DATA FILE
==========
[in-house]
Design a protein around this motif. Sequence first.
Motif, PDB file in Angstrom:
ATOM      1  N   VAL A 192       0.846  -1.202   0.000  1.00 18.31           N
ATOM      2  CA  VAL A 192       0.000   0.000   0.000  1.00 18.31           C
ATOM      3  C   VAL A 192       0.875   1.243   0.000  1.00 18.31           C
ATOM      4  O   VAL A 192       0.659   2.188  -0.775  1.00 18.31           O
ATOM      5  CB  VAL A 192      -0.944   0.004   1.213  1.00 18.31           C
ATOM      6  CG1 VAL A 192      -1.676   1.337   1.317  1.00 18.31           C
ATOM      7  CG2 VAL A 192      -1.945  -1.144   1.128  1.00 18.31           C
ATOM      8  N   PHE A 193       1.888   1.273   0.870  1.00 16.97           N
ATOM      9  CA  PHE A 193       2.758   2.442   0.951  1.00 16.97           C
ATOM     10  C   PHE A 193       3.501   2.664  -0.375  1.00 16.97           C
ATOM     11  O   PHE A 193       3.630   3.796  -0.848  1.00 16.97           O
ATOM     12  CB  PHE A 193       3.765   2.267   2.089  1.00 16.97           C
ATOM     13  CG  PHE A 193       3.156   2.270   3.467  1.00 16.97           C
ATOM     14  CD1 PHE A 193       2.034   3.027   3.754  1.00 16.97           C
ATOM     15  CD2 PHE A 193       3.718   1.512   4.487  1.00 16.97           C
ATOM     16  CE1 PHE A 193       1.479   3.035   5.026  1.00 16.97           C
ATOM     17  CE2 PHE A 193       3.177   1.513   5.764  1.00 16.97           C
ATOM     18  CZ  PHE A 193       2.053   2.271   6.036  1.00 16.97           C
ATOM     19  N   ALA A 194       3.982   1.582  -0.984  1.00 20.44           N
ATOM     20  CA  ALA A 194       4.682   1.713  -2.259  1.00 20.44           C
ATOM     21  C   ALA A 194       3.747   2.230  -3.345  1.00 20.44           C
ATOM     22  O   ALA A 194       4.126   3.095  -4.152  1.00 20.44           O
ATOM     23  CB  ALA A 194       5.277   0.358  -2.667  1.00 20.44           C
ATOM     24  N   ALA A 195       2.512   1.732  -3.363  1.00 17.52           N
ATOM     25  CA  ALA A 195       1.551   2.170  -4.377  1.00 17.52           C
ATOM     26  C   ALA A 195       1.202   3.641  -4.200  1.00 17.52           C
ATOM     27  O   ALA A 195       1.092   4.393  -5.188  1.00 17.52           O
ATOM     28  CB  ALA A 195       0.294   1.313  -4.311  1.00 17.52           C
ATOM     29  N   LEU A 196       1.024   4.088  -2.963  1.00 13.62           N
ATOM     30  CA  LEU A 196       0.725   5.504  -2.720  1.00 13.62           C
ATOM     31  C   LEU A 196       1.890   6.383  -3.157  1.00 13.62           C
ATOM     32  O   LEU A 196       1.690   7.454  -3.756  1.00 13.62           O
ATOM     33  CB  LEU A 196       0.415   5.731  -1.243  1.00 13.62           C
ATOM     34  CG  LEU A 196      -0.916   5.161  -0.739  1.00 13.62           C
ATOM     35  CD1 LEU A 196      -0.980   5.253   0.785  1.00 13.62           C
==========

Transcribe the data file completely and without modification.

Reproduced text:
[in-house]
Design a protein around this motif. Sequence first.
Motif, PDB file in Angstrom:
ATOM      1  N   VAL A 192       0.846  -1.202   0.000  1.00 18.31           N
ATOM      2  CA  VAL A 192       0.000   0.000   0.000  1.00 18.31           C
ATOM      3  C   VAL A 192       0.875   1.243   0.000  1.00 18.31           C
ATOM      4  O   VAL A 192       0.659   2.188  -0.775  1.00 18.31           O
ATOM      5  CB  VAL A 192      -0.944   0.004   1.213  1.00 18.31           C
ATOM      6  CG1 VAL A 192      -1.676   1.337   1.317  1.00 18.31           C
ATOM      7  CG2 VAL A 192      -1.945  -1.144   1.128  1.00 18.31           C
ATOM      8  N   PHE A 193       1.888   1.273   0.870  1.00 16.97           N
ATOM      9  CA  PHE A 193       2.758   2.442   0.951  1.00 16.97           C
ATOM     10  C   PHE A 193       3.501   2.664  -0.375  1.00 16.97           C
ATOM     11  O   PHE A 193       3.630   3.796  -0.848  1.00 16.97           O
ATOM     12  CB  PHE A 193       3.765   2.267   2.089  1.00 16.97           C
ATOM     13  CG  PHE A 193       3.156   2.270   3.467  1.00 16.97           C
ATOM     14  CD1 PHE A 193       2.034   3.027   3.754  1.00 16.97           C
ATOM     15  CD2 PHE A 193       3.718   1.512   4.487  1.00 16.97           C
ATOM     16  CE1 PHE A 193       1.479   3.035   5.026  1.00 16.97           C
ATOM     17  CE2 PHE A 193       3.177   1.513   5.764  1.00 16.97           C
ATOM     18  CZ  PHE A 193       2.053   2.271   6.036  1.00 16.97           C
ATOM     19  N   ALA A 194       3.982   1.582  -0.984  1.00 20.44           N
ATOM     20  CA  ALA A 194       4.682   1.713  -2.259  1.00 20.44           C
ATOM     21  C   ALA A 194       3.747   2.230  -3.345  1.00 20.44           C
ATOM     22  O   ALA A 194       4.126   3.095  -4.152  1.00 20.44           O
ATOM     23  CB  ALA A 194       5.277   0.358  -2.667  1.00 20.44           C
ATOM     24  N   ALA A 195       2.512   1.732  -3.363  1.00 17.52           N
ATOM     25  CA  ALA A 195       1.551   2.170  -4.377  1.00 17.52           C
ATOM     26  C   ALA A 195       1.202   3.641  -4.200  1.00 17.52           C
ATOM     27  O   ALA A 195       1.092   4.393  -5.188  1.00 17.52           O
ATOM     28  CB  ALA A 195       0.294   1.313  -4.311  1.00 17.52           C
ATOM     29  N   LEU A 196       1.024   4.088  -2.963  1.00 13.62           N
ATOM     30  CA  LEU A 196       0.725   5.504  -2.720  1.00 13.62           C
ATOM     31  C   LEU A 196       1.890   6.383  -3.157  1.00 13.62           C
ATOM     32  O   LEU A 196       1.690   7.454  -3.756  1.00 13.62           O
ATOM     33  CB  LEU A 196       0.415   5.731  -1.243  1.00 13.62           C
ATOM     34  CG  LEU A 196      -0.916   5.161  -0.739  1.00 13.62           C
ATOM     35  CD1 LEU A 196      -0.980   5.253   0.785  1.00 13.62           C